Tag: RF101

Spotting a fake Vehicle Registration Certificate

There has been an upsurge recently in fake documents, like NCTs, used to trick buyers into purchasing stolen or unroadworthy vehicles. Some of the more sophisticated car criminals will try to fake a Vehicle Registration Certificate (VRC) to match the identity of the stolen car they’re selling. Some of these can be very good but there are some tell-tale signs that they’re fake. Hundreds of people every year send off this certificate to the National Vehicle Drivers File only to have the Gardai call around to pick up the stolen car they tried to register in their name. They lose the car and the money they paid for it. If the ‘seller’ lets the buyer keep the VRC that should ring alarm bells too – the seller should always send it to the NVDF themselves.

In Ireland the vehicle registration certificate is quite a high security document (Vehicle Licencing Certificates, VLC, for pre-2004 sold cars are not covered here). Bearing in mind that a good criminal will fake their name and address and the car chassis number to match what’s on it, there are two easy ways to help you decide if the VRC is genuine on the spot. The first is opening it up and holding it up to the light. You’re looking for the security thread near the centre of the two pages that is like a dashed line. This thread says “TEASTAS CLARAITHE” in small writing and in negative on the dashed parts. As below:

securitythread

The second easy (but less reliable) way is the colour changing ink on the back. This special ink (thermochromatic ink) changes from purple to white at body temperature. It’s the purple circle found on the back of the VRC where the new owner signs (see below). Place your finger on it for at least five seconds and when you take it off the circle should have turned white/lilac. Be warned though this might not work in cold places or not work at all due to some certificates being poorly printed.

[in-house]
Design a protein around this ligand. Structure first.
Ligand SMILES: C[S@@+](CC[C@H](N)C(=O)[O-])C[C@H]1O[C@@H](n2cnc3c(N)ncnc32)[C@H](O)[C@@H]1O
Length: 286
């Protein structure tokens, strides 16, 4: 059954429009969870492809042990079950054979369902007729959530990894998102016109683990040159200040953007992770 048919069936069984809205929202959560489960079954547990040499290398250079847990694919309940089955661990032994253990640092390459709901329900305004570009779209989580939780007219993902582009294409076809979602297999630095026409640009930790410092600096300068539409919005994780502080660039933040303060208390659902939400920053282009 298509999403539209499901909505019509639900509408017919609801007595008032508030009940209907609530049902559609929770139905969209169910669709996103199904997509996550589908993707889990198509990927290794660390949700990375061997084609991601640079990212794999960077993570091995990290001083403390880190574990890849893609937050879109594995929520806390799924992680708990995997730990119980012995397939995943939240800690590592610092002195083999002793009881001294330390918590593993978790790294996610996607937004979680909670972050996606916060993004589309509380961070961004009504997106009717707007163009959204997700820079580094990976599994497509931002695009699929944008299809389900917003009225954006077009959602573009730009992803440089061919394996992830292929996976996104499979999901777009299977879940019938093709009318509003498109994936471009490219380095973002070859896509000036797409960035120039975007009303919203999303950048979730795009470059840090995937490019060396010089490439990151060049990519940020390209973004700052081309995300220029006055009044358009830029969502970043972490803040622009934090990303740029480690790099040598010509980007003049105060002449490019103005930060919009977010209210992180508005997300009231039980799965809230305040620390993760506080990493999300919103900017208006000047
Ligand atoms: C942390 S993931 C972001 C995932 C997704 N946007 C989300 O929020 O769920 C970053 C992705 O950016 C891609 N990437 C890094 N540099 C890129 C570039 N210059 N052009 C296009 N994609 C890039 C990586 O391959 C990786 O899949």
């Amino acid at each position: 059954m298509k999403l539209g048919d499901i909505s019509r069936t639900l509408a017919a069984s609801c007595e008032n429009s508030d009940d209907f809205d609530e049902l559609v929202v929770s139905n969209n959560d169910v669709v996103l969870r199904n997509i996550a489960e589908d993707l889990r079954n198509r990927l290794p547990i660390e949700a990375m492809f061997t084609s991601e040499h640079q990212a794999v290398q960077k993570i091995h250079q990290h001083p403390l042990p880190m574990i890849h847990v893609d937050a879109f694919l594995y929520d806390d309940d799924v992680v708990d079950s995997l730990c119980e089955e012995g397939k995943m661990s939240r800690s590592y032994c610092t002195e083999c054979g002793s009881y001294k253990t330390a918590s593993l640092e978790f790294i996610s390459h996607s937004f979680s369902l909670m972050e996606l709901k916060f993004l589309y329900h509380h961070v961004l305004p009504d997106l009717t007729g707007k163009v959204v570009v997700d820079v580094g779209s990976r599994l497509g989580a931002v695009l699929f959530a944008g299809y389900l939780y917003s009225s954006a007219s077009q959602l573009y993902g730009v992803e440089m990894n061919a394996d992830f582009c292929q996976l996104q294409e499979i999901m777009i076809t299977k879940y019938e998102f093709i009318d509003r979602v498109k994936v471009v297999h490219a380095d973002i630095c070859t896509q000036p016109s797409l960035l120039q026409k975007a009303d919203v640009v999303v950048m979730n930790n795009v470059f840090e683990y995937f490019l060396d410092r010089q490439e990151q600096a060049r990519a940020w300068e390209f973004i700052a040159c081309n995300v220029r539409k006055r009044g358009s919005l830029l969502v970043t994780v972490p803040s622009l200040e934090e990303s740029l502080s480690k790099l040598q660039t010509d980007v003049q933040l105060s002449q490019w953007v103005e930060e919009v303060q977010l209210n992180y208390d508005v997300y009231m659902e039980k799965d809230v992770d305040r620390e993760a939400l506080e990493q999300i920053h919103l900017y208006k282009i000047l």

thermochrom

 

 

 

 

There are a few other ways to check on the roadside, but never feel pressured into buying a car. Take the time to do a car history check. One of the best ways to decide if a VRC/VLC is genuine is to check the certificate’s serial number with a history check. Have a look at MyVehicle.ie if you’d like to do that. We would obviously always recommend buying TrustHub Verified vehicle – we’ve done a lot of the hard work for you!

Just look for the lock.

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Transferring Ownership – the RF101

One of the most common mistakes we’ve seen when people buy or sell a vehicle is the transfer of ownership. This can range from a simple mistake, a mix-up of responsibilities or just plain old criminal intent.

When a vehicle is sold you must transfer the legal responsibility for it to the new owner – called the registered owner. This can be done easily in Ireland by filling out the back of the vehicle logbook (the RF101 aka Vehicle Registration Certificate) with the details of the new owner and then both parties signing it.

The two main problems that can befall buyers and sellers are failing to send the logbook to the NVDF (National Vehicle & Driver File) and incorrectly filling out the form.

As a seller your big pitfall is failing to send the logbook to the NVDF. Sometimes a con artist may try to pressure you into handing over the logbook when they pay for the car. NEVER DO THIS. They will most likely never register the car in their name and will continue driving it around and racking up fines in your name for which you are now legally responsible.

To avoid this make sure to ask for identification such as a driving licence and check that it matches the name and address of the buyer.  Then send the logbook to the NVDF YOURSELF.

As a buyer, make sure that you put the correct details on the logbook and sign in the correct position. If you make a mistake here you may not have full legal ownership of the vehicle you buy! When the seller sends the logbook to the NVDF it shouldn’t take longer than a couple of weeks to receive the new one in your name. In the meantime, you can check if they have sent the logbook by heading over to http://www.motortax.ie, selecting the Vehicle Transaction Enquiry option and entering the vehicle registration number. It will show if or when the change of ownership was received.

We can provide a sample contract for both parties that makes this process easier and more accountable for both sides – just tweet us @TrustHubHQ for a copy!

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